I have always been troubled by what my mother calls time management. I’m sure other people call it that, too, but I heard it first when I was twelve, trying to get ready for school but repeatedly getting sidetracked for reasons hair-related. “Boy, do you have a problem with managing time,” she would say. I had no idea what she meant, of course, because time, as I knew, could not be managed, only experienced, or – perhaps – tamed and ridden, like a horse, or a wave.
One of us was missing the point entirely.
My relationship with time has only gotten more intense over the years, although what suffers now is not my productivity – which is actually quite impressive given my life stats (although not necessarily in pecuniary terms) – but the amount of time I
sleep, or do anything much outside of “have to.”
I am also usually either 10 minutes late or about to be running 20 minutes late, or doing something way too close to the deadline, or almost just past it, or doing what my father calls “shitting around,” which is basically self-explanatory. (Or else I’m giving a child a bath or tucking another one into bed. THAT, somehow, I manage to do right on time.)
It is not that I am at odds with structure, and actually find much satisfaction and competency in routine. I am, in fact, Queen of the List. Super Organized and Neat. Almost…A Jewish Bree Van de Kamp…Well, not really.
But still: RUSHED. Late. Preoccupied with what I’m not doing. Making new lists to compensate for what wasn’t done…..
I don’t want to disregard time. Really. I’m just 1. probably unrealistic as to how many hours a day has (what was the number again? ); 2. powerless, it would seem, to control time the way schedule-y people talk about doing.
It will blow on without my permission, manipulations, and illusions of punctuality. I’d simply like to be its friend, if it will have me. Harness it, and allow it to gallop freely, and hope I don’t fall off.
Because despite what the Clairol, Loreal, and Filofax people will tell you, time has a mind of its own, and we need to just be partners with it. Relatives will call to talk; special invitations pop-up unexpectedly; friends drop by to visit; a community or school function is at the worst time, but…; the need for kindness or hosting arises suddenly… in short: life happens. And saying no to some of these things on account of managing time really robs life of too much texture, too much love, too much opportunity.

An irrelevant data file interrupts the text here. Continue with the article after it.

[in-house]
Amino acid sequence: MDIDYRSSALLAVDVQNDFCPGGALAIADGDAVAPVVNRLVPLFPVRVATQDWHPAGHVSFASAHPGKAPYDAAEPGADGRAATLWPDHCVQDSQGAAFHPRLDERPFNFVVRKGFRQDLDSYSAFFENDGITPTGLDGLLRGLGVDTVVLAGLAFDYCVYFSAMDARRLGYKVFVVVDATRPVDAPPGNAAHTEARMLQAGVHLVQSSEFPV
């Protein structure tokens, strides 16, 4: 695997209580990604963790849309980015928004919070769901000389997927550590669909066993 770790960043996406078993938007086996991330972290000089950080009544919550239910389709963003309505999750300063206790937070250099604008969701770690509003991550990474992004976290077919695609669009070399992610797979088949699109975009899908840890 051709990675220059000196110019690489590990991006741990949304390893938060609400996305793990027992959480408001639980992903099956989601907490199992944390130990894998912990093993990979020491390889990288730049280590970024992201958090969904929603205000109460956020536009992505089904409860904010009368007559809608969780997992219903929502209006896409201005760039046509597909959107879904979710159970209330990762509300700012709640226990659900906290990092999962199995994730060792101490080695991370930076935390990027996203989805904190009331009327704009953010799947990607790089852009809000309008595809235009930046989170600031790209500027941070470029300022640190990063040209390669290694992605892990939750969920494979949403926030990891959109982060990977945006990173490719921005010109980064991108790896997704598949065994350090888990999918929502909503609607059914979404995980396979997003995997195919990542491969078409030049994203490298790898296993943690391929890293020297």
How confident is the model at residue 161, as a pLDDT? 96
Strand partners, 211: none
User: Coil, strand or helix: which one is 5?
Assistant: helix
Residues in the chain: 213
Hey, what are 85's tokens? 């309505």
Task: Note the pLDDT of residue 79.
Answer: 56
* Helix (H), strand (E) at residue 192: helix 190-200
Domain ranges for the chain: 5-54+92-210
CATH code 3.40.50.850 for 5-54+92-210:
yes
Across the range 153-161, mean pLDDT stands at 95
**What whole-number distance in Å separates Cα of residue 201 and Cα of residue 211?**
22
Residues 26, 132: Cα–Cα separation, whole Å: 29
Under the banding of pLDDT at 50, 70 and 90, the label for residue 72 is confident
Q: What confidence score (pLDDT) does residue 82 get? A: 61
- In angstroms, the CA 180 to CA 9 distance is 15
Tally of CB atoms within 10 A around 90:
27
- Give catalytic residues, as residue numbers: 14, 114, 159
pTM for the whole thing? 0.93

Of course, saying yes to all of them is suicidal. My stay at home mom friends already know (after a few times of being actually kicked out by me when they showed up at my door…so sorry!!!) that I don’t do daytime chats, because despite all evidence to the contrary, I’m not REALLY home.
Also, the line between riding opportunity / diving into life and drowning completely in your own inefficiency or sleep deprivation or inability to say no is VERY thin. In my case I’d say, thin as a single hair. (Which no longer takes up any of my time, by the way. Ponytails and Headbands R Us.)
Those of us in creative fields are especially wary of this say YES! / say NO! dialectic, as web surfing / reading / social networking / blog commenting (all within reason) is not “shitting around” but actually part of creating and doing business. (Right?! Right?!)
Two of my colleagues, Marc and Sean, wrote excellent posts recently on their own blogs, variations on the theme of being a writer worthy of the title, managing to earn a living, gaining inspiration, and living with time, all in the same dimension. In fact, Marc wrote his in response to my distressed Twitter plea. Hats off, gentlemen.
But wristwatches: On.
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